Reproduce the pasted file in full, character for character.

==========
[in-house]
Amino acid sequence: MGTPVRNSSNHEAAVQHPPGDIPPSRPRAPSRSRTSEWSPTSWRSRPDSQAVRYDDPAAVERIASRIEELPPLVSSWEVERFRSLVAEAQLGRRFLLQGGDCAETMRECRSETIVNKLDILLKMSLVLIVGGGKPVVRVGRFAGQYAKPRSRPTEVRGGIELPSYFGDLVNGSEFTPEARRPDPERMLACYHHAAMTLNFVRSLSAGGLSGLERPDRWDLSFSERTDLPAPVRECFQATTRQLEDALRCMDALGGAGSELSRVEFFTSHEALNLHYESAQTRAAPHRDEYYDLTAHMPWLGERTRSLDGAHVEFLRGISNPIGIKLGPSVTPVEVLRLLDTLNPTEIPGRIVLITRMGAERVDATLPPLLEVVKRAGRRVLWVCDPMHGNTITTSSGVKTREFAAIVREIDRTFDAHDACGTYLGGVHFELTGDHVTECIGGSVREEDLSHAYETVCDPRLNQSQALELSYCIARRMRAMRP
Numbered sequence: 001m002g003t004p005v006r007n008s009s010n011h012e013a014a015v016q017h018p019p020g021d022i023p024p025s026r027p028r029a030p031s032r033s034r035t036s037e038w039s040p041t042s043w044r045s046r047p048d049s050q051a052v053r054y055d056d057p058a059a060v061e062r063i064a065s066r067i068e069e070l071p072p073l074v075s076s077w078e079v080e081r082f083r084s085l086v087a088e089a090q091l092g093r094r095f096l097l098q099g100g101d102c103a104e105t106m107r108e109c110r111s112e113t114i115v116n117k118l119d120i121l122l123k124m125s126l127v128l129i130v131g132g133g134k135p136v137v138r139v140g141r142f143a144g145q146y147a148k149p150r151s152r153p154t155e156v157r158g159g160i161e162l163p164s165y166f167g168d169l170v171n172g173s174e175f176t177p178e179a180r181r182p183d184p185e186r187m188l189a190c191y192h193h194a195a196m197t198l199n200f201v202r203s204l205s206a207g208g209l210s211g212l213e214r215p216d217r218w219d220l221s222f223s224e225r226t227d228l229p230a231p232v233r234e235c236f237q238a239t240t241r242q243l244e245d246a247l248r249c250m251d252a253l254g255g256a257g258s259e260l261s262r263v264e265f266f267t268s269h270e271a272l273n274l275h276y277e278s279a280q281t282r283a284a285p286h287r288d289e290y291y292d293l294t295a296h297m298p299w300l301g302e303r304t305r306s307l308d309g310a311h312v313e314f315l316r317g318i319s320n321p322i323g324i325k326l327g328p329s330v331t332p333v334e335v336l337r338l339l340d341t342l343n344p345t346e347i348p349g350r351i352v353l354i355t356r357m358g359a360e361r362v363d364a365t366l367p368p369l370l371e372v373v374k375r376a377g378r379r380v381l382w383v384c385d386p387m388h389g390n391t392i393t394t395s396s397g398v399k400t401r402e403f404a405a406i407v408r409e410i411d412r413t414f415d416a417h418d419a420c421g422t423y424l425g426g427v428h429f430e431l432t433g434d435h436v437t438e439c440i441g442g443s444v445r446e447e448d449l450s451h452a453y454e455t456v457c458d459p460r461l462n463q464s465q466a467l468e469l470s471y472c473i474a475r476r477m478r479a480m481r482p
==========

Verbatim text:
[in-house]
Amino acid sequence: MGTPVRNSSNHEAAVQHPPGDIPPSRPRAPSRSRTSEWSPTSWRSRPDSQAVRYDDPAAVERIASRIEELPPLVSSWEVERFRSLVAEAQLGRRFLLQGGDCAETMRECRSETIVNKLDILLKMSLVLIVGGGKPVVRVGRFAGQYAKPRSRPTEVRGGIELPSYFGDLVNGSEFTPEARRPDPERMLACYHHAAMTLNFVRSLSAGGLSGLERPDRWDLSFSERTDLPAPVRECFQATTRQLEDALRCMDALGGAGSELSRVEFFTSHEALNLHYESAQTRAAPHRDEYYDLTAHMPWLGERTRSLDGAHVEFLRGISNPIGIKLGPSVTPVEVLRLLDTLNPTEIPGRIVLITRMGAERVDATLPPLLEVVKRAGRRVLWVCDPMHGNTITTSSGVKTREFAAIVREIDRTFDAHDACGTYLGGVHFELTGDHVTECIGGSVREEDLSHAYETVCDPRLNQSQALELSYCIARRMRAMRP
Numbered sequence: 001m002g003t004p005v006r007n008s009s010n011h012e013a014a015v016q017h018p019p020g021d022i023p024p025s026r027p028r029a030p031s032r033s034r035t036s037e038w039s040p041t042s043w044r045s046r047p048d049s050q051a052v053r054y055d056d057p058a059a060v061e062r063i064a065s066r067i068e069e070l071p072p073l074v075s076s077w078e079v080e081r082f083r084s085l086v087a088e089a090q091l092g093r094r095f096l097l098q099g100g101d102c103a104e105t106m107r108e109c110r111s112e113t114i115v116n117k118l119d120i121l122l123k124m125s126l127v128l129i130v131g132g133g134k135p136v137v138r139v140g141r142f143a144g145q146y147a148k149p150r151s152r153p154t155e156v157r158g159g160i161e162l163p164s165y166f167g168d169l170v171n172g173s174e175f176t177p178e179a180r181r182p183d184p185e186r187m188l189a190c191y192h193h194a195a196m197t198l199n200f201v202r203s204l205s206a207g208g209l210s211g212l213e214r215p216d217r218w219d220l221s222f223s224e225r226t227d228l229p230a231p232v233r234e235c236f237q238a239t240t241r242q243l244e245d246a247l248r249c250m251d252a253l254g255g256a257g258s259e260l261s262r263v264e265f266f267t268s269h270e271a272l273n274l275h276y277e278s279a280q281t282r283a284a285p286h287r288d289e290y291y292d293l294t295a296h297m298p299w300l301g302e303r304t305r306s307l308d309g310a311h312v313e314f315l316r317g318i319s320n321p322i323g324i325k326l327g328p329s330v331t332p333v334e335v336l337r338l339l340d341t342l343n344p345t346e347i348p349g350r351i352v353l354i355t356r357m358g359a360e361r362v363d364a365t366l367p368p369l370l371e372v373v374k375r376a377g378r379r380v381l382w383v384c385d386p387m388h389g390n391t392i393t394t395s396s397g398v399k400t401r402e403f404a405a406i407v408r409e410i411d412r413t414f415d416a417h418d419a420c421g422t423y424l425g426g427v428h429f430e431l432t433g434d435h436v437t438e439c440i441g442g443s444v445r446e447e448d449l450s451h452a453y454e455t456v457c458d459p460r461l462n463q464s465q466a467l468e469l470s471y472c473i474a475r476r477m478r479a480m481r482p